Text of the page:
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  • Windows 10 and chkdsk issues?

    Posted on Tracey Capen Comment on the AskWoody Lounge

    Home Forums AskWoody blog Windows 10 and chkdsk issues?

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      • #2323124
        Tracey Capen
        AskWoody MVP

        PATCH WATCH By Susan Bradley Yikes! Say it isn’t so! Günter Born reports that a small number of Windows users whose systems have solid-state drives ra
        [See the full post at: Windows 10 and chkdsk issues?]

        3 users thanked author for this post.
      • #2323177
        Paul T
        AskWoody MVP

        As noted in the Gborn thread linked in Susan’s article, CHKDSK fixes logical file system errors that may or may not be caused by a hard disk fault. It is normal practice to fix these errors by running CHKDSK.

        CHKDSK can also be used to scan the entire drive for bad sectors. This use is the subject of much debate, see the aforementioned thread.

        cheers, Paul

      • #2323272
        AskWoody Plus

        Susan Bradley writes “Again, my preference for backup software is Macrium Reflect, but use whatever you’re most comfortable with. Most important, test your backup process to ensure your systems can be restored quickly and easily.”

        I have restored my system from a Macrium backup but I’m not sure what is meant by “test your backup process”.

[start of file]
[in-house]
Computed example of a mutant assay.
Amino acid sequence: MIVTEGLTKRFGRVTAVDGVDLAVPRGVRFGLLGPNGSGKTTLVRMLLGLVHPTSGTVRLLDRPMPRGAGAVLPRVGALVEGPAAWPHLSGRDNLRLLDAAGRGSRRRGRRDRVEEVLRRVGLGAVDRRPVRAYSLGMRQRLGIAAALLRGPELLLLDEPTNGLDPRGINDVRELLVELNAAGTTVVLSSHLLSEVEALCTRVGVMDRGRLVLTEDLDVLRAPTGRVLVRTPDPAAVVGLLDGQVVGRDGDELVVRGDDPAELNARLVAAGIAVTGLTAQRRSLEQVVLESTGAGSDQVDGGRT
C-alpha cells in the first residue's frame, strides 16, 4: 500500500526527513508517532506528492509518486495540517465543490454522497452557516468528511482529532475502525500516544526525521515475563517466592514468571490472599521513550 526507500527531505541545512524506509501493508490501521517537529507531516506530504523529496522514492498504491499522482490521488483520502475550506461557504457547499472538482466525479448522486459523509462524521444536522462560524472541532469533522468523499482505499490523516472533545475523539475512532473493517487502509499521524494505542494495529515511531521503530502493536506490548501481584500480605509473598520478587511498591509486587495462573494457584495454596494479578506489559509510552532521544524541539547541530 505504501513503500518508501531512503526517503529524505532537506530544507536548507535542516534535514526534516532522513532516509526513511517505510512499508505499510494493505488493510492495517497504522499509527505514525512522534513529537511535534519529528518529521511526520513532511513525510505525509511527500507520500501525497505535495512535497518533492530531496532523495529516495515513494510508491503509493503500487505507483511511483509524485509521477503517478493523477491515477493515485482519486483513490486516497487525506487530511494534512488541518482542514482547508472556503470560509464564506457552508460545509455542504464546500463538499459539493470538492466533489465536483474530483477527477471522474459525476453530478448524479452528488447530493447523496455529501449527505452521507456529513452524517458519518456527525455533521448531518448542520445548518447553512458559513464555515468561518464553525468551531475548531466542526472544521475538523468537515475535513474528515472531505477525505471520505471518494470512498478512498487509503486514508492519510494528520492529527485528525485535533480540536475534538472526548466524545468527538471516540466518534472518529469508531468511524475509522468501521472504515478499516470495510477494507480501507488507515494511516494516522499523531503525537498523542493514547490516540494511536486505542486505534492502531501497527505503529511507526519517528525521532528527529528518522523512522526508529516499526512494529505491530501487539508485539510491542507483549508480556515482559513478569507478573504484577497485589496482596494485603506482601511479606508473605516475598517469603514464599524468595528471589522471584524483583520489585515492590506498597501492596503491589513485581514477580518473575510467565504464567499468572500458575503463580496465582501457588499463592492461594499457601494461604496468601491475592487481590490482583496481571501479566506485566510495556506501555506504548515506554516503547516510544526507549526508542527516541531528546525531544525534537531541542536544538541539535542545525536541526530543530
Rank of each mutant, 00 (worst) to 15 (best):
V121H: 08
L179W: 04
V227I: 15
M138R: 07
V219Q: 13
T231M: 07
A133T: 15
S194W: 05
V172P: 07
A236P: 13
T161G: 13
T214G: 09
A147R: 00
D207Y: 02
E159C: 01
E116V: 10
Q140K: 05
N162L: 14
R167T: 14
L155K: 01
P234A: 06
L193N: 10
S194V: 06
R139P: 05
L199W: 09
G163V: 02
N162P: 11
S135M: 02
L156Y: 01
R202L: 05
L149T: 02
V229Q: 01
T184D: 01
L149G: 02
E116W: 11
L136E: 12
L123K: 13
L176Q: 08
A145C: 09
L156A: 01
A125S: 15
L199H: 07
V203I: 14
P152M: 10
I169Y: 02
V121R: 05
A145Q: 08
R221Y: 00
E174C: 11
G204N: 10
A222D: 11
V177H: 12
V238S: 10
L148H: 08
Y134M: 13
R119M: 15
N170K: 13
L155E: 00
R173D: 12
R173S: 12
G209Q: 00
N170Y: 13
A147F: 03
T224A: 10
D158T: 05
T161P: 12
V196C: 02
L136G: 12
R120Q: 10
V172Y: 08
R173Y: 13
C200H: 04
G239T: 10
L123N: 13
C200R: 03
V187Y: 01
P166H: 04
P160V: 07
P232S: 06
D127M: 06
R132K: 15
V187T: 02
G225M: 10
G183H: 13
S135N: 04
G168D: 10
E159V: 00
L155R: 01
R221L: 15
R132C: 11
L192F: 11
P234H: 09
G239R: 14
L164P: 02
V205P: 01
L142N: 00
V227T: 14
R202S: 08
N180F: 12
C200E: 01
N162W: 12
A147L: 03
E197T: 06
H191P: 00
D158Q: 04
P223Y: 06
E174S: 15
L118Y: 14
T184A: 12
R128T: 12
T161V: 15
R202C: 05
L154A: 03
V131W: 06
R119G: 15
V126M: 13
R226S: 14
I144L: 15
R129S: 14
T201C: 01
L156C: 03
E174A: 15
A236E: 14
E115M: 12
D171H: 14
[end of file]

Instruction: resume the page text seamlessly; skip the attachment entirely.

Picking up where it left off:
• #2323257
        AskWoody Plus

        Just for giggles, I used CHKDSK on my system – 1 TB SSD Drive as the C: drive, Windows 10 2004). I use Macrium Reflect nightly. It took 10 minutes to get my system back from the dead. I don’t think the problem is fixed it yet.


        1 user thanked author for this post.
      • #2323383
        AskWoody Plus

        CHKDSK is the least well-documented tool in the entire Microsoft arsenal for fixing things that are broken.  It is also the most dangerous, and among the least effective.

        I have been using CHKDSK (as a last resort) since MS-DOS 3.0, and all it has ever done for me is kill my system permanently.

        My biggest problem with Microsoft systems has been broken system files — of course the Registry — when a system locks up and has to be force-powered off.  I know enough about files to know that if two files become cross-linked, the tail of one becomes part of the head of another, while the tail of the first becomes a loose fragment.

        All that CHKDSK can do is to truncate both files — resulting in two files that won’t run, and a system that still won’t boot.  What the @#!!* use is that?

        Does it really try to do anything else that’s even remotely useful?

        Has anyone found any real documentation on CHKDSK?

        — AWRon

        • #2323580
          Paul T
          AskWoody MVP

          Chkdsk is not a substitute for a good backup.

          If your disk is that badly corrupted then it’s time for a rebuild.

          cheers, Paul

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